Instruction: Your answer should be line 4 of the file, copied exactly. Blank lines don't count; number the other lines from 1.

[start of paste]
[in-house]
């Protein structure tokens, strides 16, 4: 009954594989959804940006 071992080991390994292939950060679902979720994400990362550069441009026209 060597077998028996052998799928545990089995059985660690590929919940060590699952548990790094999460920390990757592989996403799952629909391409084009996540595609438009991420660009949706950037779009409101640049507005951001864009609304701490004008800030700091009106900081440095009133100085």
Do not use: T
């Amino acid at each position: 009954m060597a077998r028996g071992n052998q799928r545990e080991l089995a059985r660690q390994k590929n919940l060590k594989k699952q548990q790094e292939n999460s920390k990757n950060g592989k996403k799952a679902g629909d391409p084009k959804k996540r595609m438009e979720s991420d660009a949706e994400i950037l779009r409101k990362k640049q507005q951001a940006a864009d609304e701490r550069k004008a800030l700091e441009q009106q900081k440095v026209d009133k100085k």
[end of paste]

């Amino acid at each position: 009954m060597a077998r028996g071992n052998q799928r545990e080991l089995a059985r660690q390994k590929n919940l060590k594989k699952q548990q790094e292939n999460s920390k990757n950060g592989k996403k799952a679902g629909d391409p084009k959804k996540r595609m438009e979720s991420d660009a949706e994400i950037l779009r409101k990362k640049q507005q951001a940006a864009d609304e701490r550069k004008a800030l700091e441009q009106q900081k440095v026209d009133k100085k």